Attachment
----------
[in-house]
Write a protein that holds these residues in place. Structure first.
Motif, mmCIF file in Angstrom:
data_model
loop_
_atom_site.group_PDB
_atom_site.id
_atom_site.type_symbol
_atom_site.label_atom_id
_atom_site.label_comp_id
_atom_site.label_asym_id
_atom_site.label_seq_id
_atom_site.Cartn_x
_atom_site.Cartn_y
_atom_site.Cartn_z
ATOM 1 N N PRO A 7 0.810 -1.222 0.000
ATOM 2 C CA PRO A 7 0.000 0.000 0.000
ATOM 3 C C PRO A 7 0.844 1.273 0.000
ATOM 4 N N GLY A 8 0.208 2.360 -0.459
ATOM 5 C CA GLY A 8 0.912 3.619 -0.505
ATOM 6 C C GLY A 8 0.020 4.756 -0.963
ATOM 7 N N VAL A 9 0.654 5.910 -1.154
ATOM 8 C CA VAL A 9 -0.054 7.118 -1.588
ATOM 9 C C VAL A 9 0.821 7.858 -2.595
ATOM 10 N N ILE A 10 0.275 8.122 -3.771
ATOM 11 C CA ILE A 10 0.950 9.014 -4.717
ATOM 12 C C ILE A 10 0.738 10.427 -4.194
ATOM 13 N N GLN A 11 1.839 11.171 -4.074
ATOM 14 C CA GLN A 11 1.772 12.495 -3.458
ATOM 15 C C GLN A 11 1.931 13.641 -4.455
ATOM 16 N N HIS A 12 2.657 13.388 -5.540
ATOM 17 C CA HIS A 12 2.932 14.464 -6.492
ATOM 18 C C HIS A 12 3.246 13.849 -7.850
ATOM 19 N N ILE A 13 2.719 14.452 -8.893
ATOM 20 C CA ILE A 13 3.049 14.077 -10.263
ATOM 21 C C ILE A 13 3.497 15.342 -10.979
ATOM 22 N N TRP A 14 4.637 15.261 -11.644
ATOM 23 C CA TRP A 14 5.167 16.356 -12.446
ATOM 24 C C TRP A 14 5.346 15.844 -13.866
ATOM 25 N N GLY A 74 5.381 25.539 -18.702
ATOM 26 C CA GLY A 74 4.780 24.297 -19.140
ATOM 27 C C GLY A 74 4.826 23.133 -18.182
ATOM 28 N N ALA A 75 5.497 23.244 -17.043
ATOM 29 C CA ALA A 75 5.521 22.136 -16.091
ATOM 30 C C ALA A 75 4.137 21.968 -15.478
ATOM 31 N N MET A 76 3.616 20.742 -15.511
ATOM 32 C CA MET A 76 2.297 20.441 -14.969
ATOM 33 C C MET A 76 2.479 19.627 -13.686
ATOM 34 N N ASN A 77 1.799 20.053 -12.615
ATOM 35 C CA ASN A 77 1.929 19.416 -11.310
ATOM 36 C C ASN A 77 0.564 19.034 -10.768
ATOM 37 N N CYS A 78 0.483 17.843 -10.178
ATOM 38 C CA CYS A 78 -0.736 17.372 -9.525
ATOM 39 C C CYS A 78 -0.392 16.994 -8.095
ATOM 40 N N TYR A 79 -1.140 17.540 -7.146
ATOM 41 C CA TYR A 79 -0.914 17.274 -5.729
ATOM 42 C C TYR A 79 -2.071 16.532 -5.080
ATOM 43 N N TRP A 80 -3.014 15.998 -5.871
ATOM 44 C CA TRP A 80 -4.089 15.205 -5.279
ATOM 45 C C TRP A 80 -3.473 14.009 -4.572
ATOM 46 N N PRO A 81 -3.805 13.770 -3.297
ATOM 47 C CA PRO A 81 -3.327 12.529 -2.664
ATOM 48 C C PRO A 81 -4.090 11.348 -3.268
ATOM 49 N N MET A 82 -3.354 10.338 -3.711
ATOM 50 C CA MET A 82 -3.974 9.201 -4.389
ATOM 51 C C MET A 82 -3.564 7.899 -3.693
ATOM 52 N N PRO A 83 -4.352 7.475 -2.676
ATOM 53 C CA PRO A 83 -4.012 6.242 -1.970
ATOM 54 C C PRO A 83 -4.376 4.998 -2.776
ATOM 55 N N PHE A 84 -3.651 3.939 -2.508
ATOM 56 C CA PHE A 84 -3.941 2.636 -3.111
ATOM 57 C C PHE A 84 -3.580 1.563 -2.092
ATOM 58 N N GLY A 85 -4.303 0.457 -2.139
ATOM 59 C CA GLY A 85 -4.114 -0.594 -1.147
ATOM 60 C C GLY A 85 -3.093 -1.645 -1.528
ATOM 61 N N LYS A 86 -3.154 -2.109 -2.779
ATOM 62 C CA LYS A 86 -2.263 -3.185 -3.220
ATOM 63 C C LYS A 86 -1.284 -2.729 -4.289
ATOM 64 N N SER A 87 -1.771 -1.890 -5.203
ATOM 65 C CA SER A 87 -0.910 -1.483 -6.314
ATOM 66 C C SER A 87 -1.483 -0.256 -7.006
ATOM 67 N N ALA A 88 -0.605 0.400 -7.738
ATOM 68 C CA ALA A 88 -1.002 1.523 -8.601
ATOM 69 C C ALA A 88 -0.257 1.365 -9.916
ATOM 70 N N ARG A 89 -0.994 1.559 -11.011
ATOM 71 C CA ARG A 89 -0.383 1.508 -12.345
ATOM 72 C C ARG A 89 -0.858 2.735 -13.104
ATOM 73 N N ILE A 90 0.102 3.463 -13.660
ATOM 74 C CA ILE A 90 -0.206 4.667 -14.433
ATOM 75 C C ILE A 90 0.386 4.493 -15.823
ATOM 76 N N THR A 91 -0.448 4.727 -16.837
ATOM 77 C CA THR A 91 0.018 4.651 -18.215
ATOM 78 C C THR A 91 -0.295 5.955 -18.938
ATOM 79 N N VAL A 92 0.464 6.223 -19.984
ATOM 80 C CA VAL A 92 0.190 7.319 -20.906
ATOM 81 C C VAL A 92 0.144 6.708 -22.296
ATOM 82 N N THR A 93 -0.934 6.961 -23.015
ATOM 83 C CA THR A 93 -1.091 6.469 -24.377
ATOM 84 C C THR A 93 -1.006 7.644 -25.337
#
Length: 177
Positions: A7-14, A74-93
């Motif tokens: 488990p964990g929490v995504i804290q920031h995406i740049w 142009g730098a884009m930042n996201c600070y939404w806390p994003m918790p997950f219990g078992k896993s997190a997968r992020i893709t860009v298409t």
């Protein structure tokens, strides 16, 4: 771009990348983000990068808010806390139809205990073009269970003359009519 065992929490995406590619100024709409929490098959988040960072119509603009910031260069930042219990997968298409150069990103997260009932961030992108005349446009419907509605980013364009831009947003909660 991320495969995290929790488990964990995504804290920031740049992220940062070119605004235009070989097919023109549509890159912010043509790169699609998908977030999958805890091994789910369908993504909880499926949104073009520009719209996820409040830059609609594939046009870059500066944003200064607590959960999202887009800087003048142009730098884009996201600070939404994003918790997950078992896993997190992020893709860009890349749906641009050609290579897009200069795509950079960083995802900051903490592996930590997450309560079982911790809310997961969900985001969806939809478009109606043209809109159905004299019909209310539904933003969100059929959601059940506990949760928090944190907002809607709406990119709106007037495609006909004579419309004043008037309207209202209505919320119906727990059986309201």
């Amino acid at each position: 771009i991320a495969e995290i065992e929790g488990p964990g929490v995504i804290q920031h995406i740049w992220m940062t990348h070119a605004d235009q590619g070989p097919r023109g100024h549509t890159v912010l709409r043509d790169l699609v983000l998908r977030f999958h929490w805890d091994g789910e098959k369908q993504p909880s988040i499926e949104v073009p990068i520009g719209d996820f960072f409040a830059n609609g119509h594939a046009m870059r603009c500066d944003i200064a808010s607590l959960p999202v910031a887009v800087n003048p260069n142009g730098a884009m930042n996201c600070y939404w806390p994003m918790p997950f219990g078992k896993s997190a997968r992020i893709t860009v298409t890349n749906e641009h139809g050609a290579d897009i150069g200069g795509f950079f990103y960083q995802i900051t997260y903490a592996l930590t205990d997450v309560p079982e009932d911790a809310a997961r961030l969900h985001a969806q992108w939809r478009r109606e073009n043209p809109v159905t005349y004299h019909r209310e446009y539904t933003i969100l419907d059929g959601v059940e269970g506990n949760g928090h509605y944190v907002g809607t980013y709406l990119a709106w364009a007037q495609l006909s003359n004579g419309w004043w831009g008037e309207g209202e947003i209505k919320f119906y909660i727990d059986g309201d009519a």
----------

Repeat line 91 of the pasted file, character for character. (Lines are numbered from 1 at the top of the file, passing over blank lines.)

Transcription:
ATOM 76 N N THR A 91 -0.448 4.727 -16.837